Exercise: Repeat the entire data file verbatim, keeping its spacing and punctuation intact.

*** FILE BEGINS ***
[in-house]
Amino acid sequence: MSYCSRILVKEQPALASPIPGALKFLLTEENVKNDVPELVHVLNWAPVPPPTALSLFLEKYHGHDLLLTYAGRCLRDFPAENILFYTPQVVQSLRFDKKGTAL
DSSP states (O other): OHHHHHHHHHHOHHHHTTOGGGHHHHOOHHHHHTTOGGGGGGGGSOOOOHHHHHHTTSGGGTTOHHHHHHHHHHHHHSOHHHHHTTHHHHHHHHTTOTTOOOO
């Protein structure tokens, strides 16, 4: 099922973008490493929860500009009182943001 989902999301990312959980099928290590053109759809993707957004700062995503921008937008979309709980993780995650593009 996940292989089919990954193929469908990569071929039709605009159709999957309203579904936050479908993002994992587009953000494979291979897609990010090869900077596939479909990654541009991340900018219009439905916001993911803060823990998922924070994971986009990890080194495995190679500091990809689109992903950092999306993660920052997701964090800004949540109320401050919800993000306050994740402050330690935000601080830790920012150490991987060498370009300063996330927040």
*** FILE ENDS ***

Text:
[in-house]
Amino acid sequence: MSYCSRILVKEQPALASPIPGALKFLLTEENVKNDVPELVHVLNWAPVPPPTALSLFLEKYHGHDLLLTYAGRCLRDFPAENILFYTPQVVQSLRFDKKGTAL
DSSP states (O other): OHHHHHHHHHHOHHHHTTOGGGHHHHOOHHHHHTTOGGGGGGGGSOOOOHHHHHHTTSGGGTTOHHHHHHHHHHHHHSOHHHHHTTHHHHHHHHTTOTTOOOO
């Protein structure tokens, strides 16, 4: 099922973008490493929860500009009182943001 989902999301990312959980099928290590053109759809993707957004700062995503921008937008979309709980993780995650593009 996940292989089919990954193929469908990569071929039709605009159709999957309203579904936050479908993002994992587009953000494979291979897609990010090869900077596939479909990654541009991340900018219009439905916001993911803060823990998922924070994971986009990890080194495995190679500091990809689109992903950092999306993660920052997701964090800004949540109320401050919800993000306050994740402050330690935000601080830790920012150490991987060498370009300063996330927040």